As I am writing this on the last day of 2013, before I get into the specifics of this particular post, a brief look back at the last year of reading.
I finished reading Pride and Prejudice yesterday, and see that it was my twenty-ninth book of 2013. I aim to read approximately two books a month, so was pleased to see that I had more than achieved this, despite having had another busy year.
Of the fiction that I read during the last twelve months, particular highlights for me were reading: The Age of Innocence by Edith Wharton, Embers by Sándor Márai, and A Room with a View by E. M, Forster. I also immensely enjoyed re-reading a couple of old favourites: Franny and Zooey by J. D. Salinger and My Family and Other Animals by Gerald Durrell.
With a new baby due imminently, I’m not sure if I’ll manage quite as much reading in 2014. However, as Mrs W. and I received no less than fifteen new books between us for Christmas, I have plenty of good reading material lined up!
Right, now for my thoughts on my latest read: Pride and Prejudice by Jane Austen.
This is one of those novels that I have been meaning to read for years. I read Jane Austen’s Persuasion many years ago, and I have seen television and feature film adaptations of Pride and Prejudice, so I was already familiar with the plot and the great cast of characters.
So, what did I make of reading the original text? Did I find it old-fashioned? Or slow? Or overly feminine for my male sensibilities?
As you will deduce from the rating that I’ve given this novel, I found Pride and Prejudice to be every bit as good as I’d always heard that it was.
So what makes this such a great book? Well, I can think of several factors:
A perfectly formed plot. Yes, it is a romantic novel, and yes, even if you were not familiar with the story before reading it, you would probably still guess that everything is going to resolve happily in the end. Yet none of this detracts from the fact that the tale draws you in entirely from the first line, and leads you on a merry dance, through various highs and lows, before finally revealing the happy denouement.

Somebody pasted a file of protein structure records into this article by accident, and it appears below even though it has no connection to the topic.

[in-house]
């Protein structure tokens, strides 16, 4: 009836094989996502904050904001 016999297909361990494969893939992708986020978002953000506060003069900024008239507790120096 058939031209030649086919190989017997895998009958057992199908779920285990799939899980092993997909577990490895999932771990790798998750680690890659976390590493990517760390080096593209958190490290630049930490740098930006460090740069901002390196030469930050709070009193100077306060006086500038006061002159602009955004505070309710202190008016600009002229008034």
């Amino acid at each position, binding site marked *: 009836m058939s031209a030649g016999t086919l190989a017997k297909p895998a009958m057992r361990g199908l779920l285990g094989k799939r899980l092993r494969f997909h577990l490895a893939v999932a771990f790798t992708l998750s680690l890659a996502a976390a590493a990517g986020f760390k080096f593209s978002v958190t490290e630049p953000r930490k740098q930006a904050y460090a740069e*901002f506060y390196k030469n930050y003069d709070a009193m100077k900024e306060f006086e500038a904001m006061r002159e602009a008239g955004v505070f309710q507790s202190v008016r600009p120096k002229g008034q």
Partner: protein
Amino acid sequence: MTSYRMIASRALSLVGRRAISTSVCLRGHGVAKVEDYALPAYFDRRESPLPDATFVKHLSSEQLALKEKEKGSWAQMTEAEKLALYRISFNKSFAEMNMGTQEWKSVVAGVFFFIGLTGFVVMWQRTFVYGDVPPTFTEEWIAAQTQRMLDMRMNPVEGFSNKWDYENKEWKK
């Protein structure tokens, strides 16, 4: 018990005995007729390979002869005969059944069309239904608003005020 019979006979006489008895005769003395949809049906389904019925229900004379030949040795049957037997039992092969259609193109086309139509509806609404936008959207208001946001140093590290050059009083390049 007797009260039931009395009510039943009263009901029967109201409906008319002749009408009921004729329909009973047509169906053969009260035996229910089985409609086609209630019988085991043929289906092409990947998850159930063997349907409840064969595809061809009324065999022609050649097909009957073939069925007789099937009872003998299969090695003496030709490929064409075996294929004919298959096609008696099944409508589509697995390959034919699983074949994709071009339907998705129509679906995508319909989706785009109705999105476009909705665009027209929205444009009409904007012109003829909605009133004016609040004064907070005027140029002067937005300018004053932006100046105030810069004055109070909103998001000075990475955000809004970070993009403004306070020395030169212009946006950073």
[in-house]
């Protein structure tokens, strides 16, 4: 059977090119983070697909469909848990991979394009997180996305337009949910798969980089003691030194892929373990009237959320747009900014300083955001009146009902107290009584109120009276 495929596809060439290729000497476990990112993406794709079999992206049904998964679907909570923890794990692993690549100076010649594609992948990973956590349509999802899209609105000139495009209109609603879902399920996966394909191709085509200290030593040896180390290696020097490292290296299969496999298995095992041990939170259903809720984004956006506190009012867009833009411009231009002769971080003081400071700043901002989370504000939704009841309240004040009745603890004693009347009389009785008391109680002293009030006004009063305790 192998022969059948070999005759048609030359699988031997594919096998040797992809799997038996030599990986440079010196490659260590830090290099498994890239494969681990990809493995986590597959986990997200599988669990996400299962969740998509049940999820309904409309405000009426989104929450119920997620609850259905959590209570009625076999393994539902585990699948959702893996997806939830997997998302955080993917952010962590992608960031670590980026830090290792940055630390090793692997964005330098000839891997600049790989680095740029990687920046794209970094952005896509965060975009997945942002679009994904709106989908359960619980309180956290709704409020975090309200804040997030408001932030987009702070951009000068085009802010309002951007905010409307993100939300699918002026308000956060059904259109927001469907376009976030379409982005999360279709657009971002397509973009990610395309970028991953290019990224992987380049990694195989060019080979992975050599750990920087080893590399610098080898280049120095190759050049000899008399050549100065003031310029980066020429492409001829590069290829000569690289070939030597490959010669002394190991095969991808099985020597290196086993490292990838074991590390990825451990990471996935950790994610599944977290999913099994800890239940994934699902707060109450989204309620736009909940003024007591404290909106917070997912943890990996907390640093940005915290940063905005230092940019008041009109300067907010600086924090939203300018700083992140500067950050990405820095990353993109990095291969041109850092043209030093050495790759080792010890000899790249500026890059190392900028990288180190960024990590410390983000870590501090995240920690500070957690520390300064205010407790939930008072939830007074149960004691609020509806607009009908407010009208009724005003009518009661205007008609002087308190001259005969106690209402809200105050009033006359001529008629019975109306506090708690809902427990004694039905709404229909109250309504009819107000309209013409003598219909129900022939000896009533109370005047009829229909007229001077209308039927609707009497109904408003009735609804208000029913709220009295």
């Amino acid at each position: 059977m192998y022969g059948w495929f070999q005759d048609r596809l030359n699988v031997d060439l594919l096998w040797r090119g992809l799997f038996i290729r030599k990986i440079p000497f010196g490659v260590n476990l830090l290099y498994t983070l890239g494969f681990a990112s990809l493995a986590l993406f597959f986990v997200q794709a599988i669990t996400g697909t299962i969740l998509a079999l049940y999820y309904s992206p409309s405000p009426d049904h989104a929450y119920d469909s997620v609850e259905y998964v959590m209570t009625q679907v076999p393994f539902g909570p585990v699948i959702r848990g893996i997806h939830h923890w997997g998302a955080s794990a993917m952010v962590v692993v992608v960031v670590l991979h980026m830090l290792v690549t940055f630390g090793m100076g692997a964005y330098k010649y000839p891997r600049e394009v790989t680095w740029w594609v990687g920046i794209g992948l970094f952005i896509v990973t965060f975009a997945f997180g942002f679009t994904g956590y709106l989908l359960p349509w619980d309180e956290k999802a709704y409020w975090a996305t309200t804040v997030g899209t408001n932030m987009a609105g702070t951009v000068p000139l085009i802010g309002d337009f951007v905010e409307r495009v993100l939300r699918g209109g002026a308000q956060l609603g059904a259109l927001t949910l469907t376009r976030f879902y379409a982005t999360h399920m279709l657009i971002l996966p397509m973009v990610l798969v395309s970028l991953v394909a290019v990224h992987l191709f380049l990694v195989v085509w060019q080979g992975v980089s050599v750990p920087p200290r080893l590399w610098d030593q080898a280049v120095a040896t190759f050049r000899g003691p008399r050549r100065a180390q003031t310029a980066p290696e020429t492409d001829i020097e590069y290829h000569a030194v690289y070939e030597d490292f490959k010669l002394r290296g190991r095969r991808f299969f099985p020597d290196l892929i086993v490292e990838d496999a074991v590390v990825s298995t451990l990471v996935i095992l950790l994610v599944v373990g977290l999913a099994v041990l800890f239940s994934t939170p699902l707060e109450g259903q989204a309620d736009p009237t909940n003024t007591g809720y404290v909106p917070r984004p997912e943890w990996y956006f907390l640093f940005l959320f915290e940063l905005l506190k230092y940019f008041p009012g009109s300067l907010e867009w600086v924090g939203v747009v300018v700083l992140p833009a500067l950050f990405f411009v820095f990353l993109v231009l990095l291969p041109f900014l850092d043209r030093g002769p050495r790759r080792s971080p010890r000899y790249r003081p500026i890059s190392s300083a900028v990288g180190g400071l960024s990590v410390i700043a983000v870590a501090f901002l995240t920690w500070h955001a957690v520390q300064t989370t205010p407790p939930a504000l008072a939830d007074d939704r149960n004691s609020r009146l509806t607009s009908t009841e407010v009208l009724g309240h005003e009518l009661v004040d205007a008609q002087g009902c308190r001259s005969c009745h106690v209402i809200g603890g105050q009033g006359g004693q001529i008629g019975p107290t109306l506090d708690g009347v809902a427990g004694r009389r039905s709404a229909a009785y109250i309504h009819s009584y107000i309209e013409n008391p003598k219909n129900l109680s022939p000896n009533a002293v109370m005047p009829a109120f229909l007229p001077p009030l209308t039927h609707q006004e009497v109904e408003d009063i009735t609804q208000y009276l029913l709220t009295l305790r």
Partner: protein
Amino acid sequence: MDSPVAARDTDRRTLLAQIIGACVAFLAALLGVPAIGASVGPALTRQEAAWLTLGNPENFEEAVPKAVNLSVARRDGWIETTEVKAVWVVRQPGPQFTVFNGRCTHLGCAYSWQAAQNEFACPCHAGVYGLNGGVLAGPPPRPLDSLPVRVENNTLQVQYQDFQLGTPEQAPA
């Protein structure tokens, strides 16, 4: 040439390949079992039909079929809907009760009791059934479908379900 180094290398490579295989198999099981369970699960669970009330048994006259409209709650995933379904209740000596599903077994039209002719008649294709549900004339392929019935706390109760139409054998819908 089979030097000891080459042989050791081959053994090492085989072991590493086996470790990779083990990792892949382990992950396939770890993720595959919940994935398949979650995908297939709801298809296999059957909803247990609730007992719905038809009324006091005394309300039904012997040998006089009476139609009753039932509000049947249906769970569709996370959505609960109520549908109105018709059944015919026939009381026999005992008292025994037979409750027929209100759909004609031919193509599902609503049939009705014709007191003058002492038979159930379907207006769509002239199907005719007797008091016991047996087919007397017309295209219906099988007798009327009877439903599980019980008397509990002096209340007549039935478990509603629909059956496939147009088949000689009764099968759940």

A varied and memorable cast of characters. Who could possibly forget the obsequious Mr Collins? Or the ridiculous bundle or nerves that is Mrs Bennet? Or the slippery cad Mr Wickham? Then there are the heroes and heroines of the piece: the dashing, proud, strong, silent Mr Darcy; the ever noble and pleasing Mr Bingley; and his love, the ever-gracious and calm eldest Bennet daughter Jane.
A fascinating, intelligent and charming protagonist. Missing from my short list above is, of course, our famous protagonist, Elizabeth Bennet. Elizabeth is such a great character: lively, witty, intelligent, observant, charming and perceptive. Okay, sometimes she jumps to the wrong conclusion, based on insufficient evidence, but she is so wonderfully alive and so true to herself that we can easily forgive her such blemishes. Deservedly she has become one of the great, great character of English literature.
The quality of the writing. I did not start the novel as a huge Jane Austen fan, but I have to confess that the writing is exquisite. As well as producing some classic characters and weaving a gripping tale, Austen throws into the mix a wealth of finely-observed social commentary, yet is never heavy-handed in her approach. She achieves a rare balance in her prose as she infuses the text with serious subjects, yet also much humour; true romance and base selfishness; high ideals and abject silliness. This is very fine writing indeed.
In short, the novel is a remarkable achievement. I am very glad to have read it.
Next to being married, a girl likes to be crossed a little in love now and then. It is something to think of.